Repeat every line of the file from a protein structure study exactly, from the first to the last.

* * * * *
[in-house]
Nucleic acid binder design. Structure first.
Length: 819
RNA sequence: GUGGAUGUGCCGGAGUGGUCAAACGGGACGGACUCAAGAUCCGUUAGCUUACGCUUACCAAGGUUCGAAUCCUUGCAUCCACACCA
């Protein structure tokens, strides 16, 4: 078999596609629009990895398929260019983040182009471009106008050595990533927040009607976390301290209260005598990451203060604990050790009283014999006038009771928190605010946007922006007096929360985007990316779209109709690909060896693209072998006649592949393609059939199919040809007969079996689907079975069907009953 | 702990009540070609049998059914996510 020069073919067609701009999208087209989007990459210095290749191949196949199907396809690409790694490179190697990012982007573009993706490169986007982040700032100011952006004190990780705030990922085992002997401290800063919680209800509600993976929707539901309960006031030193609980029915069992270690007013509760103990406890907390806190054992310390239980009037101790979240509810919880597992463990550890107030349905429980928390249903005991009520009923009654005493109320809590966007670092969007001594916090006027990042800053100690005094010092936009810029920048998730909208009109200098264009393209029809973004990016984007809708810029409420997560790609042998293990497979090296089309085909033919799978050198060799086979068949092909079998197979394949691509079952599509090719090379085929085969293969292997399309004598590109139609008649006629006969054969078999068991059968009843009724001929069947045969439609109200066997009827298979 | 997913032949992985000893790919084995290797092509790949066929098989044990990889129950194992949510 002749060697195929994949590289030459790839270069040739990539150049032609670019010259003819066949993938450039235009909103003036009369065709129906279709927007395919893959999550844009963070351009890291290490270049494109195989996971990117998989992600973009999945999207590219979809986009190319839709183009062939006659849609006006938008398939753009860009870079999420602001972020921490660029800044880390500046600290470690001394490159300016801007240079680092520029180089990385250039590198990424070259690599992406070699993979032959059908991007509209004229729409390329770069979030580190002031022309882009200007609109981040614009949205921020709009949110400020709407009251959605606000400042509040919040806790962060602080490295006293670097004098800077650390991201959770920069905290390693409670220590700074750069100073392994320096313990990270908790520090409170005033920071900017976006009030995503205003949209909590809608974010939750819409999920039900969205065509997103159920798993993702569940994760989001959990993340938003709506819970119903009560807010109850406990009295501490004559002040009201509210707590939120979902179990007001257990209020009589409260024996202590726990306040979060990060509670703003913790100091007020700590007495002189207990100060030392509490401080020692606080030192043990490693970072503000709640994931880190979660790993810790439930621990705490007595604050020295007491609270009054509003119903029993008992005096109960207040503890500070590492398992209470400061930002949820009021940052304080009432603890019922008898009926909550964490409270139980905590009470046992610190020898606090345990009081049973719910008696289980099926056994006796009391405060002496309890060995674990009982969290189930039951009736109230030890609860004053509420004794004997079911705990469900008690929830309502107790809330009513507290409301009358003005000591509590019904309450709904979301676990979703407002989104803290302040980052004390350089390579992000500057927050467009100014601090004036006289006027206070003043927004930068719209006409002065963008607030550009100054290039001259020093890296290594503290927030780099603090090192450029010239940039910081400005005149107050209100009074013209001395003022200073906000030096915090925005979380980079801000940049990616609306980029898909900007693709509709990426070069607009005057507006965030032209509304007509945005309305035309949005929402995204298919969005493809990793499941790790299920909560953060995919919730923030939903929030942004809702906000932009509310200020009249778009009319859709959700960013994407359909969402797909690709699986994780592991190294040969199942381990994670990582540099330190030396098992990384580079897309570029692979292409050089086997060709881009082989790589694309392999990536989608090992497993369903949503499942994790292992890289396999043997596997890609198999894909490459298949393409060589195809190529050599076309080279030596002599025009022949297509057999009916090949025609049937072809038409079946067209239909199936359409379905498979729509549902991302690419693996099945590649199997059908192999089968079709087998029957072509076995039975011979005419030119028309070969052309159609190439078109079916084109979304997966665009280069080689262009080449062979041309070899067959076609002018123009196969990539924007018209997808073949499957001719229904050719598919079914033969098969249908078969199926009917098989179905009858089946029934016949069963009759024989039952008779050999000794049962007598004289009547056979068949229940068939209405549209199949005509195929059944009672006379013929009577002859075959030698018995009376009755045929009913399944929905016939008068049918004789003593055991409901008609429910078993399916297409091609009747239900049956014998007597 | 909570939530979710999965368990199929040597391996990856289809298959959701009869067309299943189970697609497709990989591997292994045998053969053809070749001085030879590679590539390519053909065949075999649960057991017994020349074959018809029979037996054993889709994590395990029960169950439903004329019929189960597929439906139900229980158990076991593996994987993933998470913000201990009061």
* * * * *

[in-house]
Nucleic acid binder design. Structure first.
Length: 819
RNA sequence: GUGGAUGUGCCGGAGUGGUCAAACGGGACGGACUCAAGAUCCGUUAGCUUACGCUUACCAAGGUUCGAAUCCUUGCAUCCACACCA
């Protein structure tokens, strides 16, 4: 078999596609629009990895398929260019983040182009471009106008050595990533927040009607976390301290209260005598990451203060604990050790009283014999006038009771928190605010946007922006007096929360985007990316779209109709690909060896693209072998006649592949393609059939199919040809007969079996689907079975069907009953 | 702990009540070609049998059914996510 020069073919067609701009999208087209989007990459210095290749191949196949199907396809690409790694490179190697990012982007573009993706490169986007982040700032100011952006004190990780705030990922085992002997401290800063919680209800509600993976929707539901309960006031030193609980029915069992270690007013509760103990406890907390806190054992310390239980009037101790979240509810919880597992463990550890107030349905429980928390249903005991009520009923009654005493109320809590966007670092969007001594916090006027990042800053100690005094010092936009810029920048998730909208009109200098264009393209029809973004990016984007809708810029409420997560790609042998293990497979090296089309085909033919799978050198060799086979068949092909079998197979394949691509079952599509090719090379085929085969293969292997399309004598590109139609008649006629006969054969078999068991059968009843009724001929069947045969439609109200066997009827298979 | 997913032949992985000893790919084995290797092509790949066929098989044990990889129950194992949510 002749060697195929994949590289030459790839270069040739990539150049032609670019010259003819066949993938450039235009909103003036009369065709129906279709927007395919893959999550844009963070351009890291290490270049494109195989996971990117998989992600973009999945999207590219979809986009190319839709183009062939006659849609006006938008398939753009860009870079999420602001972020921490660029800044880390500046600290470690001394490159300016801007240079680092520029180089990385250039590198990424070259690599992406070699993979032959059908991007509209004229729409390329770069979030580190002031022309882009200007609109981040614009949205921020709009949110400020709407009251959605606000400042509040919040806790962060602080490295006293670097004098800077650390991201959770920069905290390693409670220590700074750069100073392994320096313990990270908790520090409170005033920071900017976006009030995503205003949209909590809608974010939750819409999920039900969205065509997103159920798993993702569940994760989001959990993340938003709506819970119903009560807010109850406990009295501490004559002040009201509210707590939120979902179990007001257990209020009589409260024996202590726990306040979060990060509670703003913790100091007020700590007495002189207990100060030392509490401080020692606080030192043990490693970072503000709640994931880190979660790993810790439930621990705490007595604050020295007491609270009054509003119903029993008992005096109960207040503890500070590492398992209470400061930002949820009021940052304080009432603890019922008898009926909550964490409270139980905590009470046992610190020898606090345990009081049973719910008696289980099926056994006796009391405060002496309890060995674990009982969290189930039951009736109230030890609860004053509420004794004997079911705990469900008690929830309502107790809330009513507290409301009358003005000591509590019904309450709904979301676990979703407002989104803290302040980052004390350089390579992000500057927050467009100014601090004036006289006027206070003043927004930068719209006409002065963008607030550009100054290039001259020093890296290594503290927030780099603090090192450029010239940039910081400005005149107050209100009074013209001395003022200073906000030096915090925005979380980079801000940049990616609306980029898909900007693709509709990426070069607009005057507006965030032209509304007509945005309305035309949005929402995204298919969005493809990793499941790790299920909560953060995919919730923030939903929030942004809702906000932009509310200020009249778009009319859709959700960013994407359909969402797909690709699986994780592991190294040969199942381990994670990582540099330190030396098992990384580079897309570029692979292409050089086997060709881009082989790589694309392999990536989608090992497993369903949503499942994790292992890289396999043997596997890609198999894909490459298949393409060589195809190529050599076309080279030596002599025009022949297509057999009916090949025609049937072809038409079946067209239909199936359409379905498979729509549902991302690419693996099945590649199997059908192999089968079709087998029957072509076995039975011979005419030119028309070969052309159609190439078109079916084109979304997966665009280069080689262009080449062979041309070899067959076609002018123009196969990539924007018209997808073949499957001719229904050719598919079914033969098969249908078969199926009917098989179905009858089946029934016949069963009759024989039952008779050999000794049962007598004289009547056979068949229940068939209405549209199949005509195929059944009672006379013929009577002859075959030698018995009376009755045929009913399944929905016939008068049918004789003593055991409901008609429910078993399916297409091609009747239900049956014998007597 | 909570939530979710999965368990199929040597391996990856289809298959959701009869067309299943189970697609497709990989591997292994045998053969053809070749001085030879590679590539390519053909065949075999649960057991017994020349074959018809029979037996054993889709994590395990029960169950439903004329019929189960597929439906139900229980158990076991593996994987993933998470913000201990009061």